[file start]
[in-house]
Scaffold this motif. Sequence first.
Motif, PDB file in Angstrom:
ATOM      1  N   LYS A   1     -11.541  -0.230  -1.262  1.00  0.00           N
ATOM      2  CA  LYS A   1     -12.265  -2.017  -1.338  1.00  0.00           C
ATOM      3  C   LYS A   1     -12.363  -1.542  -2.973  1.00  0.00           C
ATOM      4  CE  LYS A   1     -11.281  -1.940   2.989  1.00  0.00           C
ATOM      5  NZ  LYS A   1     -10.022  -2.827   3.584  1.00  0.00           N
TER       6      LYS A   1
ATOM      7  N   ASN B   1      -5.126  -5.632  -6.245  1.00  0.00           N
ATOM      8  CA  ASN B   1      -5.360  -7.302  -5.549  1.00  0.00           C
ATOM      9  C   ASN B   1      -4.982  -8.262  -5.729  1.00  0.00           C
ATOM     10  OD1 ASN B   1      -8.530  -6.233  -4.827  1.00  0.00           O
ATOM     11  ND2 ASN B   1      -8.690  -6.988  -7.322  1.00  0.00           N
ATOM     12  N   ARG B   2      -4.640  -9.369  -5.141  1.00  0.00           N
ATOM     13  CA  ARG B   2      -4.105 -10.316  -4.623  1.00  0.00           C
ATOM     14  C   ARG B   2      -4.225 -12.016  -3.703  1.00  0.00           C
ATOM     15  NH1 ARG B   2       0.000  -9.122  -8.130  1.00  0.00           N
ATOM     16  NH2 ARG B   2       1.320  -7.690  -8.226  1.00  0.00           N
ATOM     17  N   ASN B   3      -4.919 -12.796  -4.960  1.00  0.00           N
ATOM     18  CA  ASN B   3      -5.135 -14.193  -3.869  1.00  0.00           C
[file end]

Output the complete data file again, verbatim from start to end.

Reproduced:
[in-house]
Scaffold this motif. Sequence first.
Motif, PDB file in Angstrom:
ATOM      1  N   LYS A   1     -11.541  -0.230  -1.262  1.00  0.00           N
ATOM      2  CA  LYS A   1     -12.265  -2.017  -1.338  1.00  0.00           C
ATOM      3  C   LYS A   1     -12.363  -1.542  -2.973  1.00  0.00           C
ATOM      4  CE  LYS A   1     -11.281  -1.940   2.989  1.00  0.00           C
ATOM      5  NZ  LYS A   1     -10.022  -2.827   3.584  1.00  0.00           N
TER       6      LYS A   1
ATOM      7  N   ASN B   1      -5.126  -5.632  -6.245  1.00  0.00           N
ATOM      8  CA  ASN B   1      -5.360  -7.302  -5.549  1.00  0.00           C
ATOM      9  C   ASN B   1      -4.982  -8.262  -5.729  1.00  0.00           C
ATOM     10  OD1 ASN B   1      -8.530  -6.233  -4.827  1.00  0.00           O
ATOM     11  ND2 ASN B   1      -8.690  -6.988  -7.322  1.00  0.00           N
ATOM     12  N   ARG B   2      -4.640  -9.369  -5.141  1.00  0.00           N
ATOM     13  CA  ARG B   2      -4.105 -10.316  -4.623  1.00  0.00           C
ATOM     14  C   ARG B   2      -4.225 -12.016  -3.703  1.00  0.00           C
ATOM     15  NH1 ARG B   2       0.000  -9.122  -8.130  1.00  0.00           N
ATOM     16  NH2 ARG B   2       1.320  -7.690  -8.226  1.00  0.00           N
ATOM     17  N   ASN B   3      -4.919 -12.796  -4.960  1.00  0.00           N
ATOM     18  CA  ASN B   3      -5.135 -14.193  -3.869  1.00  0.00           C